There is a ridiculous focus on driving excessive revenues and meeting outrageous revenue targets, which increase year-over-year across-the-board (arbitrary X% increase, maybe?), despite the substantial losses IATA themselves are focusing on in the industry. It's a fascinating case study - the trade association is publically drawing attention to the number of airline shutting down and the losses they are incurring (millions of dollars a day in any currency). At the same time, they are pushing their products, services and consultancy on the industry and their staff have to meet these sales targets. If the air transport industry is losing so much money, they won't have any money to spend to buy things from IATA. And remember that IATA is a membership based NON-PROFIT. Shouldn't they be helping their member airlines get into better shape? I may not come from an airline background, but isn't this common business sense? Too much stress can be attributed to the focus on budgets, targets, revenues. It's all about meeting numbers. It's too bad that the commercial focus seems to overshadow the true intent of a membership-based trade association. The only thing IATA deserves good press for is the IOSA safety audits (see above question) and the people behind that initiative. They care about safety, not just about making a quick sale.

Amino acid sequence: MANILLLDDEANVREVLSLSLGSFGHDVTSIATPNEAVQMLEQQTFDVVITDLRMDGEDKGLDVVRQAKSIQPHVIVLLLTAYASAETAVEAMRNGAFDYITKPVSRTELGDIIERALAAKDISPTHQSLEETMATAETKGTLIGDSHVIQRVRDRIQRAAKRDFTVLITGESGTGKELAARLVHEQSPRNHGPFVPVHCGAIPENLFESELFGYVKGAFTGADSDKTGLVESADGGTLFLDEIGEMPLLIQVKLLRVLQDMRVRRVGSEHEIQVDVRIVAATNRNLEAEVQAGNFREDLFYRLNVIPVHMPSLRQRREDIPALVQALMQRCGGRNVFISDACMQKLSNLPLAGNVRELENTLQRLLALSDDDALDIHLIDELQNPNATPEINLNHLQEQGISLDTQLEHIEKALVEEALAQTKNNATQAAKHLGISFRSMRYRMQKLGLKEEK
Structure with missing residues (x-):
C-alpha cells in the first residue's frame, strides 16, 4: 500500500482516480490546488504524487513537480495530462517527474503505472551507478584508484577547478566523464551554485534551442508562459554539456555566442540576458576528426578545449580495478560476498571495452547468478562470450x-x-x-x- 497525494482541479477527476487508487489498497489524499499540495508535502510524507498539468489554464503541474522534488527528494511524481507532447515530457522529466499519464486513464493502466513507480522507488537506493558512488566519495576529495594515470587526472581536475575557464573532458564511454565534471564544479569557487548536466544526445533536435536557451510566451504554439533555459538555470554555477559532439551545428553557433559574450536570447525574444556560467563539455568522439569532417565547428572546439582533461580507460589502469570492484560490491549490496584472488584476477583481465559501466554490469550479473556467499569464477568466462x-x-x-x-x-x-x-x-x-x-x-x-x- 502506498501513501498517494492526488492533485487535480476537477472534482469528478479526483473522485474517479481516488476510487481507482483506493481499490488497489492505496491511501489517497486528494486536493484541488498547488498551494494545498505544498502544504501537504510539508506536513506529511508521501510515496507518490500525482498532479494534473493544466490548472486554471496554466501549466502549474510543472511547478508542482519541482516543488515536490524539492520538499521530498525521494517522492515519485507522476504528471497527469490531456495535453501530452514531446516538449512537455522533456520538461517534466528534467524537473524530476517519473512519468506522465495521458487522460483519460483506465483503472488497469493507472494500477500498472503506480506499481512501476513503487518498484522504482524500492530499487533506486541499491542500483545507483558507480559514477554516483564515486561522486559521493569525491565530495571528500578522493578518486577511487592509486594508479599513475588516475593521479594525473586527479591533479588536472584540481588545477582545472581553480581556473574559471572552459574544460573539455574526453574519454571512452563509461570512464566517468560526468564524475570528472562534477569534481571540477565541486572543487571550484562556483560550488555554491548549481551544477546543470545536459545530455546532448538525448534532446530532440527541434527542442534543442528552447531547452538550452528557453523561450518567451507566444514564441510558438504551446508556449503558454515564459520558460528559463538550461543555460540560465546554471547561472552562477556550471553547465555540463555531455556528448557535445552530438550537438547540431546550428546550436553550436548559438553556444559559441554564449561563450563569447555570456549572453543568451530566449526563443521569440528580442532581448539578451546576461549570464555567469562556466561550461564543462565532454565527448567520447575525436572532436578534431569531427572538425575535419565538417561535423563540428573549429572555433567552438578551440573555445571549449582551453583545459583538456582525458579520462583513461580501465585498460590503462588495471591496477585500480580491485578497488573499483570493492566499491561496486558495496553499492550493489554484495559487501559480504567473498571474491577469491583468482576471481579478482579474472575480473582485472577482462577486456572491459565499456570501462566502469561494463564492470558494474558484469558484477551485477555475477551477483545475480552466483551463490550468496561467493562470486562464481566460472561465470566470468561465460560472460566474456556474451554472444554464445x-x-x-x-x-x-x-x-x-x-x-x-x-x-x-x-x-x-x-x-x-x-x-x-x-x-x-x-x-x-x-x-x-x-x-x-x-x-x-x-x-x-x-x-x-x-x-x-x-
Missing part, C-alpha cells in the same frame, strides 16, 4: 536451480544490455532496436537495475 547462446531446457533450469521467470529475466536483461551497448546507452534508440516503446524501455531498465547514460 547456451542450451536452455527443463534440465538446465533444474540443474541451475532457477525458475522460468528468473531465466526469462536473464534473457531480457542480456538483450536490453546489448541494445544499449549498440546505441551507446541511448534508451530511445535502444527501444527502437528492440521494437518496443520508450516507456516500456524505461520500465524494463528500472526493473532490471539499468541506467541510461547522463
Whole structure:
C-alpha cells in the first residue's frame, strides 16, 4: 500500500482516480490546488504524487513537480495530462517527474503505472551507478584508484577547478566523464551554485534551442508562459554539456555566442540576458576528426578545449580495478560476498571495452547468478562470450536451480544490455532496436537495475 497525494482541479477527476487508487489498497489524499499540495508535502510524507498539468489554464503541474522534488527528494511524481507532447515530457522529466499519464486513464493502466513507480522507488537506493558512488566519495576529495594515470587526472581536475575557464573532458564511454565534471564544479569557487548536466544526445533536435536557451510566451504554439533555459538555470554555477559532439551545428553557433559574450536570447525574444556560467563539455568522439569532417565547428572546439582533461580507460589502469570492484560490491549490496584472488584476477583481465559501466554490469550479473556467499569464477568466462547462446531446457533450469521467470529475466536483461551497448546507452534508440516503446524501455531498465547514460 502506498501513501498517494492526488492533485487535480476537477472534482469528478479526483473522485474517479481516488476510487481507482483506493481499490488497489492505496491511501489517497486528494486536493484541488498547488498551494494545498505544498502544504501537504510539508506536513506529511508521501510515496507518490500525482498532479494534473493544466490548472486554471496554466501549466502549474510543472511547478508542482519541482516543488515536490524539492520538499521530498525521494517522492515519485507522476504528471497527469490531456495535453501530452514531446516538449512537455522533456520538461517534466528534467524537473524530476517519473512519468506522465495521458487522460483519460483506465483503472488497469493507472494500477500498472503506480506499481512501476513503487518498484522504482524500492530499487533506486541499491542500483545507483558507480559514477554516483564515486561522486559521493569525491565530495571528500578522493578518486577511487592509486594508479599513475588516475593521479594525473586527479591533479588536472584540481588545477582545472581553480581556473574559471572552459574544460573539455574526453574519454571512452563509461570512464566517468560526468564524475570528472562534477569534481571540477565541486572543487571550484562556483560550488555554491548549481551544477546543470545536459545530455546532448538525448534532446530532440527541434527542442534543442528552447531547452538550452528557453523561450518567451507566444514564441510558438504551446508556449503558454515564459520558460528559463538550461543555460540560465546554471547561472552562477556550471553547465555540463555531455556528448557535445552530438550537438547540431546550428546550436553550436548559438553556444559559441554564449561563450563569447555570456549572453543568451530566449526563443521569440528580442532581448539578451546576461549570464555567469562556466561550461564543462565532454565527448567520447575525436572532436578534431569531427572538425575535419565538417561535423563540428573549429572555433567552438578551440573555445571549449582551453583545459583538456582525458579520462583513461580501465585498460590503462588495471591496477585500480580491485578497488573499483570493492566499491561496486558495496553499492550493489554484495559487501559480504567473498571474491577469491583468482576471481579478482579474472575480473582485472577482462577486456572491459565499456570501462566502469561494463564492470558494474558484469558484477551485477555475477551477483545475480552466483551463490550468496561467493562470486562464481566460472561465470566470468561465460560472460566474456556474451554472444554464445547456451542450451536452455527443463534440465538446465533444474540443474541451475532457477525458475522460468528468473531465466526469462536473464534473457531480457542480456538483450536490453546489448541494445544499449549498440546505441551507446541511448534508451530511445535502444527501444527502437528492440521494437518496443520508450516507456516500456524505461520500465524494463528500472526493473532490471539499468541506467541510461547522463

Advice to ManagementAdvice

    IATA is micro-managed by three guys at the top. They focus too much on GE and Jack Welch, and Managers are forced into pidgeon-holing staff into three groups - A, B and C employees. People are people - not finite letters of the alphabet who can be put into one black-or-white-only rating. When a Manager has a good group of employees, you shouldn't have to force them into such a rating. Square pegs do not fit into round holes. The other concern that bothered me was the excessive amount of promotion of "values" and other slick marketing stuff from the HR folks - but yet their regular dismissal of good staff often contradicted such values. If an employee needs more training or isn't a perfect fit, give them training and/or tools to get them where they need to be. Don't just terminate them and wreck their lives. They're people, and people are not indispensable resources. Also - too many signatures are required on company documents. The CEO seems to sign EVERYTHING - that doesn't send a nice message to staff (think: "I don't trust your decisions, so I have to sign off on everything to micromanage decisions). Business gets slowed down as a result.